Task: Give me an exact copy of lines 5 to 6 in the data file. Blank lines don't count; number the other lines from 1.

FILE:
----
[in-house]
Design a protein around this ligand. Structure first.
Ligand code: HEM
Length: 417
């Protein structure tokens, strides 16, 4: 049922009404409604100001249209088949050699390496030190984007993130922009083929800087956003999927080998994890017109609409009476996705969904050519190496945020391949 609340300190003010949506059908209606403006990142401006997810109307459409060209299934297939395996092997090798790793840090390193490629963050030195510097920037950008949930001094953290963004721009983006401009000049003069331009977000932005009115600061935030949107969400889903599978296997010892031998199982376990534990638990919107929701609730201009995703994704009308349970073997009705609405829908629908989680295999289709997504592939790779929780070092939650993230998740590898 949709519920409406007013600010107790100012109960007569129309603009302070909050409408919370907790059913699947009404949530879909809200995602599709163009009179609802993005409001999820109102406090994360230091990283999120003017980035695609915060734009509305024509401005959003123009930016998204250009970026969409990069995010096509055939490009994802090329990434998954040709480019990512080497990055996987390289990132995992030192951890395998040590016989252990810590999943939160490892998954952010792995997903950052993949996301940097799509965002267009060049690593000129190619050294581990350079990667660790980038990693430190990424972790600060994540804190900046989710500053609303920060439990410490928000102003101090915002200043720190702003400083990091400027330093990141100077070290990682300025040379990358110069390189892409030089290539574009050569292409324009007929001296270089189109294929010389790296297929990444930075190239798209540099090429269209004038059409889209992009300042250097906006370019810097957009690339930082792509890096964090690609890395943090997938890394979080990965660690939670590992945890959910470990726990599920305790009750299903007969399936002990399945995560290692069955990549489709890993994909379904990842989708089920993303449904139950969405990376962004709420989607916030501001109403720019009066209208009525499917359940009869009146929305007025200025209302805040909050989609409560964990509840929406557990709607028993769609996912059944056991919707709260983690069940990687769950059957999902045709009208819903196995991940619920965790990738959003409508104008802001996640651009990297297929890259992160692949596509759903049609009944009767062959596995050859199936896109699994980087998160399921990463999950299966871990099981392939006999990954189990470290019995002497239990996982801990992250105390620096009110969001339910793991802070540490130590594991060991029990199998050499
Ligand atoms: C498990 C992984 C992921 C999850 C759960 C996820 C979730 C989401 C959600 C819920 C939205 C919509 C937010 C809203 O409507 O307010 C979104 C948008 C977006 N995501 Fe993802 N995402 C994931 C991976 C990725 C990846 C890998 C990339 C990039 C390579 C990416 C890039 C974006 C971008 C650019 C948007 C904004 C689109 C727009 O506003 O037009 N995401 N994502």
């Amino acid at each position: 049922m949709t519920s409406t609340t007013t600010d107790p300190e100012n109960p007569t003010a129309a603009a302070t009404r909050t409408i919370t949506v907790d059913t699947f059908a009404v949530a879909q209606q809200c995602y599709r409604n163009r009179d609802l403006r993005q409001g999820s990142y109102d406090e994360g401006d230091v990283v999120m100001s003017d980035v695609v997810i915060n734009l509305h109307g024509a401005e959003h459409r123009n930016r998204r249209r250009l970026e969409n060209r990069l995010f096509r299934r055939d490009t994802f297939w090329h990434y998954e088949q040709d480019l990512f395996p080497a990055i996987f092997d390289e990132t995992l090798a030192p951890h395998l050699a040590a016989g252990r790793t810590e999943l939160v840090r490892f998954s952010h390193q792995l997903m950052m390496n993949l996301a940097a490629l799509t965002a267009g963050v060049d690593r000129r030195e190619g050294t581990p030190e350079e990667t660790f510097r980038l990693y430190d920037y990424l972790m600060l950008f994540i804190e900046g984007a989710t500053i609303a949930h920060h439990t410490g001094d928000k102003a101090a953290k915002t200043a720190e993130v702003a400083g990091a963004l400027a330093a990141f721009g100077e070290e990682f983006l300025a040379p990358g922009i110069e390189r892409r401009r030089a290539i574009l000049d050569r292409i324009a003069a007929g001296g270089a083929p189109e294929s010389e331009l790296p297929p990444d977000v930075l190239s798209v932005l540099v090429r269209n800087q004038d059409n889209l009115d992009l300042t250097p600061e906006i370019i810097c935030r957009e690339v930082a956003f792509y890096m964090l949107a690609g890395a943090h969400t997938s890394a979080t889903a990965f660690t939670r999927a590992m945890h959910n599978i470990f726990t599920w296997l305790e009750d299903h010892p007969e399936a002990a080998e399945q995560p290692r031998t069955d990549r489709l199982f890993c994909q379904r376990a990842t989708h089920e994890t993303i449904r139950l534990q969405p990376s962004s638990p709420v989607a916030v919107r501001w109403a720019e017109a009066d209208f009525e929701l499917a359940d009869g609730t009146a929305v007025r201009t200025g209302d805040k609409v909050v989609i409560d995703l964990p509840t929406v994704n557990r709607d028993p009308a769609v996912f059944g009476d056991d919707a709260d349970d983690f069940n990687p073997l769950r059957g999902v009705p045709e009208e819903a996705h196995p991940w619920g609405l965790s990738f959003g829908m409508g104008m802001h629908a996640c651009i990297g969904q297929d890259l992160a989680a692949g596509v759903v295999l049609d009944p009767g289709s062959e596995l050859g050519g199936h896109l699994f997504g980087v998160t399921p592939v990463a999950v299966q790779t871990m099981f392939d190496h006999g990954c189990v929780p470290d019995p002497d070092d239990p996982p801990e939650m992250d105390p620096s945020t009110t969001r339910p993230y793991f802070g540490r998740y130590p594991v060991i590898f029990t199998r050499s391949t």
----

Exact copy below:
């Protein structure tokens, strides 16, 4: 049922009404409604100001249209088949050699390496030190984007993130922009083929800087956003999927080998994890017109609409009476996705969904050519190496945020391949 609340300190003010949506059908209606403006990142401006997810109307459409060209299934297939395996092997090798790793840090390193490629963050030195510097920037950008949930001094953290963004721009983006401009000049003069331009977000932005009115600061935030949107969400889903599978296997010892031998199982376990534990638990919107929701609730201009995703994704009308349970073997009705609405829908629908989680295999289709997504592939790779929780070092939650993230998740590898 949709519920409406007013600010107790100012109960007569129309603009302070909050409408919370907790059913699947009404949530879909809200995602599709163009009179609802993005409001999820109102406090994360230091990283999120003017980035695609915060734009509305024509401005959003123009930016998204250009970026969409990069995010096509055939490009994802090329990434998954040709480019990512080497990055996987390289990132995992030192951890395998040590016989252990810590999943939160490892998954952010792995997903950052993949996301940097799509965002267009060049690593000129190619050294581990350079990667660790980038990693430190990424972790600060994540804190900046989710500053609303920060439990410490928000102003101090915002200043720190702003400083990091400027330093990141100077070290990682300025040379990358110069390189892409030089290539574009050569292409324009007929001296270089189109294929010389790296297929990444930075190239798209540099090429269209004038059409889209992009300042250097906006370019810097957009690339930082792509890096964090690609890395943090997938890394979080990965660690939670590992945890959910470990726990599920305790009750299903007969399936002990399945995560290692069955990549489709890993994909379904990842989708089920993303449904139950969405990376962004709420989607916030501001109403720019009066209208009525499917359940009869009146929305007025200025209302805040909050989609409560964990509840929406557990709607028993769609996912059944056991919707709260983690069940990687769950059957999902045709009208819903196995991940619920965790990738959003409508104008802001996640651009990297297929890259992160692949596509759903049609009944009767062959596995050859199936896109699994980087998160399921990463999950299966871990099981392939006999990954189990470290019995002497239990996982801990992250105390620096009110969001339910793991802070540490130590594991060991029990199998050499
Ligand atoms: C498990 C992984 C992921 C999850 C759960 C996820 C979730 C989401 C959600 C819920 C939205 C919509 C937010 C809203 O409507 O307010 C979104 C948008 C977006 N995501 Fe993802 N995402 C994931 C991976 C990725 C990846 C890998 C990339 C990039 C390579 C990416 C890039 C974006 C971008 C650019 C948007 C904004 C689109 C727009 O506003 O037009 N995401 N994502």